Spirited Garden
1534 Jeoji-ri, Hankyeong-myeon
Jeju-si, Jeju 690-947
Tel: (064) 772-3701
open 8:30 – sunset (includes a map)

In 1992, Mr. Sung Bum-young began creating this garden of bonsai trees out of a wasteland. Sung was a farmer who had a vision of what he considered beauty, and who managed, through hard work and determination, to bring it to fruition. He calls it the Bunjae Artpia, and through terraces, walkways, sunken vistas, he displays hundreds of meticulously bonsaied trees. There’s a tremendous amount of documentation throughout the park, both botanical and philosophical. But it’s well worth it, on several levels. It’s beautiful, for one. If you don’t know anything about bonsai, it’s educational (that’s two). But perhaps more importantly, it gives the visitor a reflection point. All of us are capable of having a passion that runs so deeply that we want to share it with the world. It’s not so easy to share, on such a grand level. But Mr. Sung did it, and his remarkable vision resulted in this, one of the highlights of Korea.

Bonsai and rock garden at Hallim Park

Hallim Park
300 Hallim Road, Hallim, Jeju
Tel: (064) 796-0001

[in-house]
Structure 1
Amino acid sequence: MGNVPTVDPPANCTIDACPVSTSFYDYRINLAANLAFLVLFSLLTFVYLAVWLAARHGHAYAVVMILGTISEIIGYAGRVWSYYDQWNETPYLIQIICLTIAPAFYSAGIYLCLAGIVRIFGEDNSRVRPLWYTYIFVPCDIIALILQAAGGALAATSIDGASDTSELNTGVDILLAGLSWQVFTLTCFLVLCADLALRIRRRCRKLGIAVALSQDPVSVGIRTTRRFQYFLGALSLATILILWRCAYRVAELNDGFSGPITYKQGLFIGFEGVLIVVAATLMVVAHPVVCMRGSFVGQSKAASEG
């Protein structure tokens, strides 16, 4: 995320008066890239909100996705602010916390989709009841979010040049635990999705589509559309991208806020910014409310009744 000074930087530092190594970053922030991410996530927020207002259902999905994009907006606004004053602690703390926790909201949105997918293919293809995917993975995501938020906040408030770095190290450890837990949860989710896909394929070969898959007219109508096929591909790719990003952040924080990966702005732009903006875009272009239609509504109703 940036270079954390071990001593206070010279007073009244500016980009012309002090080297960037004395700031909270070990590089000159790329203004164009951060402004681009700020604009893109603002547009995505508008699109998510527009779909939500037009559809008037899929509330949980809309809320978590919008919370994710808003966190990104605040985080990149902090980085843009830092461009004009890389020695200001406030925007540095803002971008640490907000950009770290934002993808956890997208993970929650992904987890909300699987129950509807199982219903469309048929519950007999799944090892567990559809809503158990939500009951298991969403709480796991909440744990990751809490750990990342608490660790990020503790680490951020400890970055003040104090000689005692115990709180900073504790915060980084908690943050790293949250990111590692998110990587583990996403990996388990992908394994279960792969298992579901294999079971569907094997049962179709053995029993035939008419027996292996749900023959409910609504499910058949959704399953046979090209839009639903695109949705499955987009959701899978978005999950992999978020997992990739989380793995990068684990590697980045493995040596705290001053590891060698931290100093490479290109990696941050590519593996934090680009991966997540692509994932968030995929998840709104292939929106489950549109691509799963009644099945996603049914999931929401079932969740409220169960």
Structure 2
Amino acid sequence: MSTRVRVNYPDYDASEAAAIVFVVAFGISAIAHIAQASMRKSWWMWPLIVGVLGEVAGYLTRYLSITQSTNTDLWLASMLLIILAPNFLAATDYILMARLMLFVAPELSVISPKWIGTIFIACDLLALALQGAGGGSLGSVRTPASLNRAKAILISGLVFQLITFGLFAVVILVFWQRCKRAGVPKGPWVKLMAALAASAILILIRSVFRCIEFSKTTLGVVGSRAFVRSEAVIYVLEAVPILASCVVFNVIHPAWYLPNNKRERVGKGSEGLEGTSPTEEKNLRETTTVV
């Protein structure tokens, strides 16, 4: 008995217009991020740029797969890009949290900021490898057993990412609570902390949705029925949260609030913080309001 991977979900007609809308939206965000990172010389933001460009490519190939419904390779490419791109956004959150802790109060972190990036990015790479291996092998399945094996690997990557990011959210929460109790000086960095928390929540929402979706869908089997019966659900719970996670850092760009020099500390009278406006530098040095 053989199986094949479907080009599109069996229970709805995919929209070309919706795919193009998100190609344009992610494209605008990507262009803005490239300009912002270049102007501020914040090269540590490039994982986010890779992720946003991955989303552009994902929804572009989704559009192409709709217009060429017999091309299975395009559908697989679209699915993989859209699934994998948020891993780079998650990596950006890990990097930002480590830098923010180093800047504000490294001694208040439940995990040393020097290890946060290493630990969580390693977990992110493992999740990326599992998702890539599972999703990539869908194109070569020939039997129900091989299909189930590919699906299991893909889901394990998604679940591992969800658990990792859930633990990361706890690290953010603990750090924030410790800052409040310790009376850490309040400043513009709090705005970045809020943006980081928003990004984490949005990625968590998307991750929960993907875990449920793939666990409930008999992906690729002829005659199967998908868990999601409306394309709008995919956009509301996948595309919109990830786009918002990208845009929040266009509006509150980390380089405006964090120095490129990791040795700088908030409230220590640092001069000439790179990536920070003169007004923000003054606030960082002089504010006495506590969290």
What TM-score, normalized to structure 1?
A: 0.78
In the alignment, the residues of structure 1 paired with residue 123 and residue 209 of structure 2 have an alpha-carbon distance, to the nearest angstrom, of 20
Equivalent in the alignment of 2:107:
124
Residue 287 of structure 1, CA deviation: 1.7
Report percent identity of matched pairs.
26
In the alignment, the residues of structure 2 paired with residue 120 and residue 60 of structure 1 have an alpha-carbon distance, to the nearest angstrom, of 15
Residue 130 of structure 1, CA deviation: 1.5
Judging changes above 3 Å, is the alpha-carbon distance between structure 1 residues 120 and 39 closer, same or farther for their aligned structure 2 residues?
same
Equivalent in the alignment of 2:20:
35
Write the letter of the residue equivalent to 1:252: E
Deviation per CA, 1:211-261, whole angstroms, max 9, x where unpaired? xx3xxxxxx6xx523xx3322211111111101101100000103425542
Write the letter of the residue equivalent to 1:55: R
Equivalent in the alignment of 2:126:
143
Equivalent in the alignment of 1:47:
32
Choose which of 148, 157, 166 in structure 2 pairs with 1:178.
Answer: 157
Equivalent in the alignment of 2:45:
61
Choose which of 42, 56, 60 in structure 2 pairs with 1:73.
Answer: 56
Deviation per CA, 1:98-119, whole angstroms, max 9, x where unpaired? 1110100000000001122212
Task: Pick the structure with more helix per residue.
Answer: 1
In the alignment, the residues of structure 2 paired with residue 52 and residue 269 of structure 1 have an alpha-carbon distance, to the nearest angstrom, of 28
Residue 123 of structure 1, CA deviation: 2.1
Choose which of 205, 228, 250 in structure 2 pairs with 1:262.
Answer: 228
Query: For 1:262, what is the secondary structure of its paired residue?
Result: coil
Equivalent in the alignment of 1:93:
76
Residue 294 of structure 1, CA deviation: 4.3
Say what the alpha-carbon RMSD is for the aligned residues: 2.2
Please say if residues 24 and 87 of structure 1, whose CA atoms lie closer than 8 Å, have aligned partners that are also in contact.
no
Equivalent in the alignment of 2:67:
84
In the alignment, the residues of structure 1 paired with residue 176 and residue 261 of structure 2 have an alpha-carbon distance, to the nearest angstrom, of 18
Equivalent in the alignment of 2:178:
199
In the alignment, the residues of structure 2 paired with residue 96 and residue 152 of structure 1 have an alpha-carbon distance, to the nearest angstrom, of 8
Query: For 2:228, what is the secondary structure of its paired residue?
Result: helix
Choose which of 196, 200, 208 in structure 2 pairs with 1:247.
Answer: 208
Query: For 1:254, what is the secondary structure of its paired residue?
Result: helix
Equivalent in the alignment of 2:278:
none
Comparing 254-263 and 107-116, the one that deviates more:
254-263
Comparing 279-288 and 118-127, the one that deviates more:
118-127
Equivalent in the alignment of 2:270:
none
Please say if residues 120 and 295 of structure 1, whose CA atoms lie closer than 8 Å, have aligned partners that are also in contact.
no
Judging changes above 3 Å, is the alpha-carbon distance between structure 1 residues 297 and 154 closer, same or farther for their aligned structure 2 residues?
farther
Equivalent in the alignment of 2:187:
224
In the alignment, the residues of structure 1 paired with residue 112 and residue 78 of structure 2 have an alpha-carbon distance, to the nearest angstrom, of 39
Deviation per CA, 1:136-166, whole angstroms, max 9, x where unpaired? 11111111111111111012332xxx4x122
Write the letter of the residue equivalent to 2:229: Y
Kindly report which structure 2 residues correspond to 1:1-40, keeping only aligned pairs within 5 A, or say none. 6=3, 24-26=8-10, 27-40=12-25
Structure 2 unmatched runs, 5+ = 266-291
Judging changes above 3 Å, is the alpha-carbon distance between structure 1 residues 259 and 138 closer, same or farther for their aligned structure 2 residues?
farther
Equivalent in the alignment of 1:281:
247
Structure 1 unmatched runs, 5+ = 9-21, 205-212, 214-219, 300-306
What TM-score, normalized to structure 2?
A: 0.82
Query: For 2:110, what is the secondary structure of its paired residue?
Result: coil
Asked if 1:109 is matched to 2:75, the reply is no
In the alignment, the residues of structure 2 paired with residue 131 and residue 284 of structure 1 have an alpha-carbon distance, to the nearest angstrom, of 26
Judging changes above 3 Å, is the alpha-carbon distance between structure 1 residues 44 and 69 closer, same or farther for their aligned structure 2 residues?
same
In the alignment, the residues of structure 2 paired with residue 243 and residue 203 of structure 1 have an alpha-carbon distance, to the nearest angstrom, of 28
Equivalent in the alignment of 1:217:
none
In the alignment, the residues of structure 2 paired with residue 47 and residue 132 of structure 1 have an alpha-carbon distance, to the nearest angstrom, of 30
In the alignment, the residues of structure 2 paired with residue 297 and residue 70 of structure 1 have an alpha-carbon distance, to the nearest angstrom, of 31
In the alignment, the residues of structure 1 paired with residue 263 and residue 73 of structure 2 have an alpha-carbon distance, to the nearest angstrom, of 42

Like the Spirited Garden, Hallim Park represents the vision of one man, Song Bong-kyu, who acquired 80 acres of land and developed a recreational park on it. Unlike the Spirited Garden, it’s neither quiet nor philosophical in nature. What it is, is a microcosm of many of Jeju’s most interesting features, encompassing nine zoned theme parks: Palm Tree Avenue, Wild Grass & Flower Garden, Hyeopjae &  Ssangyong Caves, Jeju Stone & Bonsai Garden, Jae-Am Folk Village, Bird Garden, Jae-Am Stone Exhibition Hall, Water Garden, and Subtropical Botanic Garden. It can be seen in just under two hours by taking a walking loop through the park.  For us, the most interesting element to the park is its layout and development. We found the trinket shops and restaurants to feel somewhat out of place, but overall, came away feeling gratified that we experienced what was essentially a feat of creativity, built around the remarkable natural caves of Hyeopjae &  Ssangyong, 500 meters of which are open to the public, well-lit and easy to navigate, with a number of fascinating features.   If you don’t make it to Manjanggul Cave in Eastern Jeju, this is the one to see.